Of all the sectors in financial services being hit by technological change, asset management is arguably going to feel the pinch the most. Approximately 90,000 jobs are likely to go as a result of artificial intelligence alone, and if you want to survive you need to be tech-savvy.
Roger Paradiso, the head of alternative distribution strategies at Legg Mason and former managing director of investment solutions and portfolio development at Morgan Stanley Smith Barney’s Consulting Group, has been at the forefront of the evolution of the buy-side. He’s chairman-elect of the Money Management Institute’s Board of Governors and is banging the drum for wealth and asset management executives to place a greater priority on attracting the next generation of professionals to the industry to counterbalance a greying workforce.
“I don’t think it’s something our industry has been doing a good job of communicating to young what those opportunities are and why get into it,” Paradiso said. “There have been great changes to the asset and wealth management industry as a whole, which hasn’t taken full advantage of technology yet, but we are at the forefront of an evolution. The impact of technology offers young people a great opportunity for someone to step in and think about something differently.”
Now an industry leader, Paradiso and his peers are faced with a pressing question: Why should young people consider a career in asset management or wealth management?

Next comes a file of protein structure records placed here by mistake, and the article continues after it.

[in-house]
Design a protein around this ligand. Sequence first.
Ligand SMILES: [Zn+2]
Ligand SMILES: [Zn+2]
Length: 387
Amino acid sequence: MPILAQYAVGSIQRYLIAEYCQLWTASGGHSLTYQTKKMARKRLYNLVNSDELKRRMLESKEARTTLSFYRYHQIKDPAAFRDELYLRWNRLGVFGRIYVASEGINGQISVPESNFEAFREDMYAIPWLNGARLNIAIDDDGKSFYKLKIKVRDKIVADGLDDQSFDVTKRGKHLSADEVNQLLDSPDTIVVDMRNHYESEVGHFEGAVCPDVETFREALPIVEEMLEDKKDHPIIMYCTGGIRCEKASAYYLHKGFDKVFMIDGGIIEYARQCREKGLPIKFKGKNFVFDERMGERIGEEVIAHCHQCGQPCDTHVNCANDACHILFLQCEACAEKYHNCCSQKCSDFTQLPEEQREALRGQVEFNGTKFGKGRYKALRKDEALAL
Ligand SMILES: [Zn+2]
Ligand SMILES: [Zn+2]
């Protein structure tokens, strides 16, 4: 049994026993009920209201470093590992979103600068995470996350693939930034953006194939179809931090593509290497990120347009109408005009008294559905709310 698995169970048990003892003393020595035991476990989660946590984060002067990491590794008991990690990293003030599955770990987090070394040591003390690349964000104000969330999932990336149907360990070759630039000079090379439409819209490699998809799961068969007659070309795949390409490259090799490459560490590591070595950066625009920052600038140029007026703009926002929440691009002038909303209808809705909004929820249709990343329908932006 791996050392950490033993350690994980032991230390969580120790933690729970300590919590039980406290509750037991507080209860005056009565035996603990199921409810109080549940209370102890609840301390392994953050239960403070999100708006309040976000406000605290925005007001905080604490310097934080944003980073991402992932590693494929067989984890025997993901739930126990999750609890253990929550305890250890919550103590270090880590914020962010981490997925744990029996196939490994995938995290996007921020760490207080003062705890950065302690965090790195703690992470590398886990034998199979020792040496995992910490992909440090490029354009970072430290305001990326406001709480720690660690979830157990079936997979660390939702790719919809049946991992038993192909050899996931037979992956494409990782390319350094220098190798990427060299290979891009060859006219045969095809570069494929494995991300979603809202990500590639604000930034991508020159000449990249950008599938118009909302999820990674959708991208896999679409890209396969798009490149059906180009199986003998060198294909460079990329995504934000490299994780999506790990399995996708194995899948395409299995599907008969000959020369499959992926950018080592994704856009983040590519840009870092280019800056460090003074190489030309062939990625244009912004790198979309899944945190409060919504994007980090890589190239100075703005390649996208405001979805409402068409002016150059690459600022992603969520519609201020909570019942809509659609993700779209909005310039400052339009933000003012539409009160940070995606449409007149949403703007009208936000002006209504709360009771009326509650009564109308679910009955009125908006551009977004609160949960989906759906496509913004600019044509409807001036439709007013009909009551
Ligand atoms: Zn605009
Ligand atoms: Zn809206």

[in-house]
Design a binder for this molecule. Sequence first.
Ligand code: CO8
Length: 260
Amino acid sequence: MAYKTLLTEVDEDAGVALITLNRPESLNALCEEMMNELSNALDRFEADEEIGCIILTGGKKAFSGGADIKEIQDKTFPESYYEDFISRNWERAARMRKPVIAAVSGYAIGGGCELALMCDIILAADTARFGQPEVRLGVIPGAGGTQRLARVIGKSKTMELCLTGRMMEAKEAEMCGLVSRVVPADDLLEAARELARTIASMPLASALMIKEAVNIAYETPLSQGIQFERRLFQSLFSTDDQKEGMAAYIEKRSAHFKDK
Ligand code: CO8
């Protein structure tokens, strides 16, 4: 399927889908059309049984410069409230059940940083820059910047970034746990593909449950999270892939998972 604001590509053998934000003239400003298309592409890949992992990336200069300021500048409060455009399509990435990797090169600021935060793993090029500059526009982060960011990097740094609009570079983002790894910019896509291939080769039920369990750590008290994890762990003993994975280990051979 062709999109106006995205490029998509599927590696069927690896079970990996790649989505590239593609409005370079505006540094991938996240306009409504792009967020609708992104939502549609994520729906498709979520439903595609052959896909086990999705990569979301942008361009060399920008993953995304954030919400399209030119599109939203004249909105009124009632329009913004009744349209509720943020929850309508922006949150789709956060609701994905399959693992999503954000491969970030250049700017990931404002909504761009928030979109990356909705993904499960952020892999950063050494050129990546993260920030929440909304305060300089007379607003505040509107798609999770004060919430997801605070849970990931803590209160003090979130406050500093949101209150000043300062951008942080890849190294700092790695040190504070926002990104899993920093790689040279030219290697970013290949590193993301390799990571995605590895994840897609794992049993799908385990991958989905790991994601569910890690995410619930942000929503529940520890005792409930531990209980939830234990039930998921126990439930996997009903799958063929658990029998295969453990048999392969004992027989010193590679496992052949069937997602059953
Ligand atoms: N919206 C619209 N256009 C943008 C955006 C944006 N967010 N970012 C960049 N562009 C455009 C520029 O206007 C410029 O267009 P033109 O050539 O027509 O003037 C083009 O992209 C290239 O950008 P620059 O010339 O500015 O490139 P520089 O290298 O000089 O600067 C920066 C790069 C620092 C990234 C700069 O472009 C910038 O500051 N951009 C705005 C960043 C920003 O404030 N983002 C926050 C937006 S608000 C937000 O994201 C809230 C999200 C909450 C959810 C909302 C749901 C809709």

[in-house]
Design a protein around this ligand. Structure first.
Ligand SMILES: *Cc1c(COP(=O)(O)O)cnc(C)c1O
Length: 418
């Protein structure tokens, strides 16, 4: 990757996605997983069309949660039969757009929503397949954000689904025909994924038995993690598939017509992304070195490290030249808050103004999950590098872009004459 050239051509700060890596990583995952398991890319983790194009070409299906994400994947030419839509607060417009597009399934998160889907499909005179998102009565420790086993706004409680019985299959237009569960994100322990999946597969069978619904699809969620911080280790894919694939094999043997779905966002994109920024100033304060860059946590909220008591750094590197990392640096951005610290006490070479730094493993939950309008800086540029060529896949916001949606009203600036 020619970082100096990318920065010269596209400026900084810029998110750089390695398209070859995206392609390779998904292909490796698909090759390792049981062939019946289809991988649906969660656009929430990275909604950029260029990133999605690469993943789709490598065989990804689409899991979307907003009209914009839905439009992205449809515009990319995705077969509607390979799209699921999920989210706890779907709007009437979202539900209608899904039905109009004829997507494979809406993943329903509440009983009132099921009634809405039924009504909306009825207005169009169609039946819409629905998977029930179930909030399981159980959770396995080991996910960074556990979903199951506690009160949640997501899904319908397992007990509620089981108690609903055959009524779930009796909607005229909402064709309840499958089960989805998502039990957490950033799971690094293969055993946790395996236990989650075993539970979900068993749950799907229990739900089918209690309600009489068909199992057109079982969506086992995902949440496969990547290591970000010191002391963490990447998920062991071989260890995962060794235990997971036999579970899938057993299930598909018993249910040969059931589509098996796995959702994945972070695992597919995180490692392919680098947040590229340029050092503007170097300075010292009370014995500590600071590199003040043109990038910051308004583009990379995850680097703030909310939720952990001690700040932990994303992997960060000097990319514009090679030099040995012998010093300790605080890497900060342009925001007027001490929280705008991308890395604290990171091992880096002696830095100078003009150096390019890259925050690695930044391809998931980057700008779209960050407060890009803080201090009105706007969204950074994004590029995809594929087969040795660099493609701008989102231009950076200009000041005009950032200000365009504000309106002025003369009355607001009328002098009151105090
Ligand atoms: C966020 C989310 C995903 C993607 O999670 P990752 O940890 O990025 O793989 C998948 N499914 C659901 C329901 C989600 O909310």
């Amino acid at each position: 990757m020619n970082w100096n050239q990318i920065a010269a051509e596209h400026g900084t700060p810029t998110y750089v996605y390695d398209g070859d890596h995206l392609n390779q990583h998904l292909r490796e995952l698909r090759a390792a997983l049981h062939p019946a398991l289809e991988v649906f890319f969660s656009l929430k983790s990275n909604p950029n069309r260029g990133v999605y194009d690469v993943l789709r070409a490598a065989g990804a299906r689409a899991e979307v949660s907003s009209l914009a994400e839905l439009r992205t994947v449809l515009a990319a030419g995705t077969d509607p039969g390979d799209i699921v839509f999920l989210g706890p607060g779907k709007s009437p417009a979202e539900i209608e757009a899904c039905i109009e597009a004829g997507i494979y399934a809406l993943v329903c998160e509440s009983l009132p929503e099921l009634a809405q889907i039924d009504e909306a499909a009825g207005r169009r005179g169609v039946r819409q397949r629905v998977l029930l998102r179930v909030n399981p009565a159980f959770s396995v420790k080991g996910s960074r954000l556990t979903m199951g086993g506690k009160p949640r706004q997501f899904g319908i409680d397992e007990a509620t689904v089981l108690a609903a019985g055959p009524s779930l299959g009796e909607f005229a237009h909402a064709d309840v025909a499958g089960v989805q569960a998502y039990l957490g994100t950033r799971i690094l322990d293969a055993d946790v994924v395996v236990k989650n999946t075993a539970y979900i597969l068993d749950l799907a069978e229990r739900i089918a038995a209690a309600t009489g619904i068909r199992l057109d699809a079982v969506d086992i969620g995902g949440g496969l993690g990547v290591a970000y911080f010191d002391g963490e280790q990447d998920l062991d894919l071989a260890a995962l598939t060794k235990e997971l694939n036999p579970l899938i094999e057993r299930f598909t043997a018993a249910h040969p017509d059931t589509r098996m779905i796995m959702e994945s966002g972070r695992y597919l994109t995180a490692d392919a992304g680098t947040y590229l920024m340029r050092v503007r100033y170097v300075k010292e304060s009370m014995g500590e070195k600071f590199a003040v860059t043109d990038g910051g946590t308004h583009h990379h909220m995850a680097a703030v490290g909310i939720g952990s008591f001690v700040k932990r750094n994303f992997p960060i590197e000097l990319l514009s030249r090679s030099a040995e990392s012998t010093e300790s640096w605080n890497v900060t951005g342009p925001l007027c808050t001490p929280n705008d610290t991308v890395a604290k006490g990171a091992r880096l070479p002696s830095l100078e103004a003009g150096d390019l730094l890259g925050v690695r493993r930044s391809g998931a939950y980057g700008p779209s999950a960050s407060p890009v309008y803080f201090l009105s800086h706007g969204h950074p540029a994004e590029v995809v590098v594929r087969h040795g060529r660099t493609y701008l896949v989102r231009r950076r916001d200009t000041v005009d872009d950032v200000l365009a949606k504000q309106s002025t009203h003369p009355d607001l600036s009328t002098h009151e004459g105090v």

“There’s a demographic shift passing down money from one generation to another due to the inheritance factor, and through the use of technology, we are now able to support and give better levels of service to a lower-net-worth community that has been in my eyes very underserved,” Paradiso said. “As the landscape widens and demographics change, it’s a great opportunity for younger people to enter the industry.
On the financial adviser side, career development has changed dramatically – financial advisers today have gotten much more accustomed to working in teams rather than trying to survive in a cutthroat sink-or-swim environment on Wall Street.
“Key areas such as wealth planning are now usually more tech-based and collaborative, which is a different mindset compared to what traditional advisers had, feast or famine, as opposed to joining teams of financial advisers and getting areas of specialty,” Paradiso said. “The intellectual part of where the biz is going is true wealth planning, being able to create those plans for clients and take on existing books of business, which creates opportunities.
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